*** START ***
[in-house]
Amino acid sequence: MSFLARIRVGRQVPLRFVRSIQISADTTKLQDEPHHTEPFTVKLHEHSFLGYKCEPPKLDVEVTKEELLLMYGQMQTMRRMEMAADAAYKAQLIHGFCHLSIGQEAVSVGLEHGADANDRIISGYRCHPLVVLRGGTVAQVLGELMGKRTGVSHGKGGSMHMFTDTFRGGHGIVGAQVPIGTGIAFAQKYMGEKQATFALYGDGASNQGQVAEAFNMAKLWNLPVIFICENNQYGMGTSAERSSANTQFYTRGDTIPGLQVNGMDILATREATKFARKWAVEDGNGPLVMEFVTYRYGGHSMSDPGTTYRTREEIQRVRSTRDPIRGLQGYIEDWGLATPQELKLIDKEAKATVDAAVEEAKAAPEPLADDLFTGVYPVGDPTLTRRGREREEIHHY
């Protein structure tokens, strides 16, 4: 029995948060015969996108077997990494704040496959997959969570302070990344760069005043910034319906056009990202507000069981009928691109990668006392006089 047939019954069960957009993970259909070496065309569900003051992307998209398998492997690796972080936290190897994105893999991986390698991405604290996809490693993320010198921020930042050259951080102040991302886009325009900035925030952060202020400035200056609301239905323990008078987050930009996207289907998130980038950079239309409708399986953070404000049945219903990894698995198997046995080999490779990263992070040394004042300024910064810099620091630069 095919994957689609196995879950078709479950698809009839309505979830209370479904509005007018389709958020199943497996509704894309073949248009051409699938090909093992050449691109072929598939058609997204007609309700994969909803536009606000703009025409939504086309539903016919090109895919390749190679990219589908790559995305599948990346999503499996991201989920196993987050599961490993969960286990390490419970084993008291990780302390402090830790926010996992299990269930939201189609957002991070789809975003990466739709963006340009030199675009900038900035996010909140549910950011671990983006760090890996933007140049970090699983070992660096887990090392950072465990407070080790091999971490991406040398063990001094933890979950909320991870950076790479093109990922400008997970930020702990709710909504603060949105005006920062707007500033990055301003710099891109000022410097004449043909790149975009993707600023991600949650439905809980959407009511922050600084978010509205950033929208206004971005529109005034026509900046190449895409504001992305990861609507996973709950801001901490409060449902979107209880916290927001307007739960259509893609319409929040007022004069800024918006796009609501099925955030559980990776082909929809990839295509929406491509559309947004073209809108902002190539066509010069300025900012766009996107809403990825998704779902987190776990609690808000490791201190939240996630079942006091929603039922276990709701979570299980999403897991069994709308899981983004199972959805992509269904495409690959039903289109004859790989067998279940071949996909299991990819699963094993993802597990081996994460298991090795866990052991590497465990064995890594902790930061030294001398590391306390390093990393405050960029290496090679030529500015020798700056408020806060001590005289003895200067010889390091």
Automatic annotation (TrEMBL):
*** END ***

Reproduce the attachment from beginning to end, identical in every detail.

[in-house]
Amino acid sequence: MSFLARIRVGRQVPLRFVRSIQISADTTKLQDEPHHTEPFTVKLHEHSFLGYKCEPPKLDVEVTKEELLLMYGQMQTMRRMEMAADAAYKAQLIHGFCHLSIGQEAVSVGLEHGADANDRIISGYRCHPLVVLRGGTVAQVLGELMGKRTGVSHGKGGSMHMFTDTFRGGHGIVGAQVPIGTGIAFAQKYMGEKQATFALYGDGASNQGQVAEAFNMAKLWNLPVIFICENNQYGMGTSAERSSANTQFYTRGDTIPGLQVNGMDILATREATKFARKWAVEDGNGPLVMEFVTYRYGGHSMSDPGTTYRTREEIQRVRSTRDPIRGLQGYIEDWGLATPQELKLIDKEAKATVDAAVEEAKAAPEPLADDLFTGVYPVGDPTLTRRGREREEIHHY
């Protein structure tokens, strides 16, 4: 029995948060015969996108077997990494704040496959997959969570302070990344760069005043910034319906056009990202507000069981009928691109990668006392006089 047939019954069960957009993970259909070496065309569900003051992307998209398998492997690796972080936290190897994105893999991986390698991405604290996809490693993320010198921020930042050259951080102040991302886009325009900035925030952060202020400035200056609301239905323990008078987050930009996207289907998130980038950079239309409708399986953070404000049945219903990894698995198997046995080999490779990263992070040394004042300024910064810099620091630069 095919994957689609196995879950078709479950698809009839309505979830209370479904509005007018389709958020199943497996509704894309073949248009051409699938090909093992050449691109072929598939058609997204007609309700994969909803536009606000703009025409939504086309539903016919090109895919390749190679990219589908790559995305599948990346999503499996991201989920196993987050599961490993969960286990390490419970084993008291990780302390402090830790926010996992299990269930939201189609957002991070789809975003990466739709963006340009030199675009900038900035996010909140549910950011671990983006760090890996933007140049970090699983070992660096887990090392950072465990407070080790091999971490991406040398063990001094933890979950909320991870950076790479093109990922400008997970930020702990709710909504603060949105005006920062707007500033990055301003710099891109000022410097004449043909790149975009993707600023991600949650439905809980959407009511922050600084978010509205950033929208206004971005529109005034026509900046190449895409504001992305990861609507996973709950801001901490409060449902979107209880916290927001307007739960259509893609319409929040007022004069800024918006796009609501099925955030559980990776082909929809990839295509929406491509559309947004073209809108902002190539066509010069300025900012766009996107809403990825998704779902987190776990609690808000490791201190939240996630079942006091929603039922276990709701979570299980999403897991069994709308899981983004199972959805992509269904495409690959039903289109004859790989067998279940071949996909299991990819699963094993993802597990081996994460298991090795866990052991590497465990064995890594902790930061030294001398590391306390390093990393405050960029290496090679030529500015020798700056408020806060001590005289003895200067010889390091």
Automatic annotation (TrEMBL):